Again, I truly believe it depends on the person, their interests, their education etc.

I don't believe the majority of Canadians are deeply becoming American. Are the French less French because they are one of the most passionate countries on the planet when it comes to American Jazz?

Stephen Harper does not reflect the views of the vast majority of Canadians. His party has never gotten more than 40 percent of the vote. Their standing is much less now.

His ideology and religious views are yes, extremely right wing a la US style. His getting elected in Canada....not sure if it's because of US influence, but believe it to be more of the result of our system of voting. Only people in his riding actually vote for him. Also, my personal belief is that it took some Conservatives in this country a bit of time to slowly realize that Harper was not your average Canadian conservative, but a new extreme, confrontational, dictatorial type of man. Your political opponents are no long that, but enemies which must be destroyed.
Same with the citizens that get in your way. You brand them terrorists, as he did with environmental groups trying to raise awareness.
 
Old 12-30-2014, 07:22 PM
PDD
 
Location: The Sand Hills of NC
8,774 posts, read 14,861,737 times
Reputation: 11886
All my ancestors are from Canada but it's to friggin cold up there. Nice place to visit in the Summer but I think I'll stay on the Southern USA.

We're all Americans right?

They got hockey/fighting and want NASCAR.

We got NASCAR/fighting so do we really need hockey?
 
Old 12-30-2014, 07:29 PM
 
Location: British Columbia ♥ 🍁 ♥
7,218 posts, read 6,572,923 times
Reputation: 14148
In 1963 Terrace (northwest BC) started up a TV station, broadcasting in black and white. It serviced Terrace, Kitimat, Prince Rupert and a number of other small villages within range of the relay towers with antennas set up on mountain peaks. I'd say half of the programs were Canadian and the other half were American. But it was just one station, one channel. All the TV's available to us then were still black and white and we all had tall antennas on the roofs of our houses and rabbit ears on the TV's.

I remember visiting my sister in August of 1966 when she lived in Richmond, BC and they had cable vision then and got 12 tv channels on their new color TV. 1966 was when broadcasting of color TV was launched in Canada, although America had been broadcasting in color since some time in the 50's.

Anyway, my point here is that by the mid 60's about a third of what we watched was Canadian productions and the other two thirds was American productions and nobody had a problem with it. Nobody was concerned about having too much exposure to non-Canadian productions, everyone was happy for the increasing availability and variety of entertainment being produced. There was something for everyone. There still is, only now there's a lot more of it and I'm glad for that.

.
 
Old 12-30-2014, 07:36 PM
 
Location: Toronto Canada
52 posts, read 49,777 times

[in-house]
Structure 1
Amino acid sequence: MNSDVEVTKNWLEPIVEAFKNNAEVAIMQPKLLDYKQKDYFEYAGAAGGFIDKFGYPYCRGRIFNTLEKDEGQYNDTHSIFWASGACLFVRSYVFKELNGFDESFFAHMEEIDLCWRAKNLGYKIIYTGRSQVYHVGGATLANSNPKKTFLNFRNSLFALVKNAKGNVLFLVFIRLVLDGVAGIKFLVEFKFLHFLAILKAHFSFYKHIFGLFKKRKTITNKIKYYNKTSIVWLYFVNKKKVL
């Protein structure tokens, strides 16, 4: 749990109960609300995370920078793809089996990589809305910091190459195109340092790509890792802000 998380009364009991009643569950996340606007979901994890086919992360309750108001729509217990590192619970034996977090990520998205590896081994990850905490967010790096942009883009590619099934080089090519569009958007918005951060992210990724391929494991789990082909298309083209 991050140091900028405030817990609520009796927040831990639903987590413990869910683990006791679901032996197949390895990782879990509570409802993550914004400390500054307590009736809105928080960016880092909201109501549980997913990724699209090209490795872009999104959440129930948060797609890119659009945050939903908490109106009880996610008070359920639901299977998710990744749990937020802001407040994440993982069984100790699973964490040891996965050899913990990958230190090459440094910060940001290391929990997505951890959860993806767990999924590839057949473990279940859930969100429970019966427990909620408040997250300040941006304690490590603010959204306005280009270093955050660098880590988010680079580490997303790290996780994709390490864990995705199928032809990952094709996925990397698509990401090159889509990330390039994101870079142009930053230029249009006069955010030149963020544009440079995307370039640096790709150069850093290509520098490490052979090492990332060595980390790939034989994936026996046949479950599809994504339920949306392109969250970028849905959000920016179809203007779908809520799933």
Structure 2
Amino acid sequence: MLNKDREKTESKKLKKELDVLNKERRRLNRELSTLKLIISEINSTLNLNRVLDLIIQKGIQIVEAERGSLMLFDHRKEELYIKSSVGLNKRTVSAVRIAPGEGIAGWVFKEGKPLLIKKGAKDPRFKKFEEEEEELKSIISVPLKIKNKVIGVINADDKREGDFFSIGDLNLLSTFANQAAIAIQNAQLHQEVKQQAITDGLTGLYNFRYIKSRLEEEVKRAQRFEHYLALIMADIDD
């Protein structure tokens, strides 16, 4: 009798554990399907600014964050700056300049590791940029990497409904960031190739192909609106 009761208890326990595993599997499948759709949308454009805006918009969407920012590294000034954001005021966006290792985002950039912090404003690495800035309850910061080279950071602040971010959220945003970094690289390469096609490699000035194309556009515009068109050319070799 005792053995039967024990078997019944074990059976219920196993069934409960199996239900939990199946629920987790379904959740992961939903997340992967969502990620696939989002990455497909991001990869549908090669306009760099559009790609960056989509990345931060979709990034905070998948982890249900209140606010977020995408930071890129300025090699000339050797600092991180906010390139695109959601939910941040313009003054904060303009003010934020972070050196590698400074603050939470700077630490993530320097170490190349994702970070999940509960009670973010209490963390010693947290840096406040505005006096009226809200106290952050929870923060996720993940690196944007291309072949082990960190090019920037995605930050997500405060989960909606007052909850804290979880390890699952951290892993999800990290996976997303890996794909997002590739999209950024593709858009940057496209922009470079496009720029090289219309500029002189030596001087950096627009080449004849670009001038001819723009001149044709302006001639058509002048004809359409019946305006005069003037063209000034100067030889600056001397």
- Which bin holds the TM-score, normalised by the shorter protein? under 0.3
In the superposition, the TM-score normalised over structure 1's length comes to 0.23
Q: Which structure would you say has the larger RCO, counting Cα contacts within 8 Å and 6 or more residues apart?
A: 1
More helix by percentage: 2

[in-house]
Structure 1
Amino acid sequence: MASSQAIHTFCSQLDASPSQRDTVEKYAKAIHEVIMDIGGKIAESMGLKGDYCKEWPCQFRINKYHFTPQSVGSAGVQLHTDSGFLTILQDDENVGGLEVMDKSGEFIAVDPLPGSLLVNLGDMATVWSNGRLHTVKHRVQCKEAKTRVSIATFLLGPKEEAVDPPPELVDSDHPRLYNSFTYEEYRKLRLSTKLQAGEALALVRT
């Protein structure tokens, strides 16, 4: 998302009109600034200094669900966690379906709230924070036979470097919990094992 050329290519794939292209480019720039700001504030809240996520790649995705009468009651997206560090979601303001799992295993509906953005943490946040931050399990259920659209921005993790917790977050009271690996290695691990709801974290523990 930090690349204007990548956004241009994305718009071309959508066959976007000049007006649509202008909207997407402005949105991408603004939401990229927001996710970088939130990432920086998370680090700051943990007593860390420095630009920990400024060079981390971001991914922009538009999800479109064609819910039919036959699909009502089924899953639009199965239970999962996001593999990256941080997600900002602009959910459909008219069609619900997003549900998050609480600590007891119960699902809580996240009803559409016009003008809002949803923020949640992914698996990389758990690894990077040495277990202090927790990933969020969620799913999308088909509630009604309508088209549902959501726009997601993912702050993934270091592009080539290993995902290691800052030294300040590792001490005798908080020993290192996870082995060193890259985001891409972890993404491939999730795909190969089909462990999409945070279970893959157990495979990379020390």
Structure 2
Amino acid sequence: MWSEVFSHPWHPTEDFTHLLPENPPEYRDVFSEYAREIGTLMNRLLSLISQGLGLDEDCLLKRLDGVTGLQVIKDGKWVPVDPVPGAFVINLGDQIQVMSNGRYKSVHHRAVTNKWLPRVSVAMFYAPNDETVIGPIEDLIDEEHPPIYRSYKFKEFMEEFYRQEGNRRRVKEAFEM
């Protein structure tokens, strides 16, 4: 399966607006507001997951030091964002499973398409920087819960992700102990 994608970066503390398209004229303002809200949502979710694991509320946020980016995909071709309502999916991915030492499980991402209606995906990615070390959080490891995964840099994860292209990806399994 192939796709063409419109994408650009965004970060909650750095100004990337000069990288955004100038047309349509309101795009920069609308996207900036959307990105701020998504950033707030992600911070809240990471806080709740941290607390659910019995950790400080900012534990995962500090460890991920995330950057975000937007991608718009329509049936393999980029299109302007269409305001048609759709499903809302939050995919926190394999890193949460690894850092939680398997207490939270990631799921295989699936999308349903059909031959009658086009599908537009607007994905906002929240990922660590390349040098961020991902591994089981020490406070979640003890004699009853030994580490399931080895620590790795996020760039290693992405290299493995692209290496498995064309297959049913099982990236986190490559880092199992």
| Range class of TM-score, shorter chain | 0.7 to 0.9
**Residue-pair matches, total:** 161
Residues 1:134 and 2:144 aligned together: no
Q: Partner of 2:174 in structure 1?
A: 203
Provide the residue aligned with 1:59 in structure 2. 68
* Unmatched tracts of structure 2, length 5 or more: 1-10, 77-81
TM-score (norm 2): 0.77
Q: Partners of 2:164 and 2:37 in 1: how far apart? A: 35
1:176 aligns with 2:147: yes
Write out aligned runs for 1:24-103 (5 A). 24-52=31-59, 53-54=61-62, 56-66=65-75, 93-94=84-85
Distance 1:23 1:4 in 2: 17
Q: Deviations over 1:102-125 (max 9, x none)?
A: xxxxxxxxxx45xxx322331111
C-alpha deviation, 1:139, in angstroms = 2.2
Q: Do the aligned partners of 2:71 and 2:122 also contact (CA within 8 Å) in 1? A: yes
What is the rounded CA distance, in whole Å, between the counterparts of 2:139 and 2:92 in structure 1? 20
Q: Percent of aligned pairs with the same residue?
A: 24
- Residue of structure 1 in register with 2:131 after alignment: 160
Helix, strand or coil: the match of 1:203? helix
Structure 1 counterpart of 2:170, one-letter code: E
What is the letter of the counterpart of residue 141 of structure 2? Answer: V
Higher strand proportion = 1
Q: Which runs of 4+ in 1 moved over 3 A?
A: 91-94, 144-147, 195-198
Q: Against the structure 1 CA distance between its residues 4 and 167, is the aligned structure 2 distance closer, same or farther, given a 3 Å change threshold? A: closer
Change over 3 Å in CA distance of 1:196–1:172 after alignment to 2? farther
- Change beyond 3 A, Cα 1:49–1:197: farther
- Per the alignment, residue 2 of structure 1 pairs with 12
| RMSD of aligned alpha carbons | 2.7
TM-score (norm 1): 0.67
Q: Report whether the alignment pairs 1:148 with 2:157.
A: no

Reputation: 65
Quote:
Originally Posted by Natnasci View Post
Again, I truly believe it depends on the person, their interests, their education etc.

I don't believe the majority of Canadians are deeply becoming American. Are the French less French because they are one of the most passionate countries on the planet when it comes to American Jazz?

Stephen Harper does not reflect the views of the vast majority of Canadians. His party has never gotten more than 40 percent of the vote. Their standing is much less now.

His ideology and religious views are yes, extremely right wing a la US style. His getting elected in Canada....not sure if it's because of US influence, but believe it to be more of the result of our system of voting. Only people in his riding actually vote for him. Also, my personal belief is that it took some Conservatives in this country a bit of time to slowly realize that Harper was not your average Canadian conservative, but a new extreme, confrontational, dictatorial type of man. Your political opponents are no long that, but enemies which must be destroyed.
Same with the citizens that get in your way. You brand them terrorists, as he did with environmental groups trying to raise awareness.
Stephen Harper is nearly universally hated by most people in Ontario (not sure about other provinces). His popularity has waned dramatically and people can't wait to get him out. We all know that last election was "fixed" most people I know wanted Jack Layton as a P.M (RIP) not Harper.

And in terms of Vasteele mentioning "Duck Dynasty" is wildly popular in Canada I say to him "are you kidding"? We aren't watching that crap up here. Those people would be considered hard core hicks. Reality t.v shows like "survivor" and "big brother" have been wildly popular in Canada since the early 2000's.

Vasteele is trying to make it seem like we're rapidly evolving into "Americans" and prior to the year 2005 we were all isolated from American TV shows and culture.

I hope you understand that we have similarities to the a United States but also many differences that are some times subtle at first to see buying you lived in Canada for more than a couple of years you'd begin to watch on.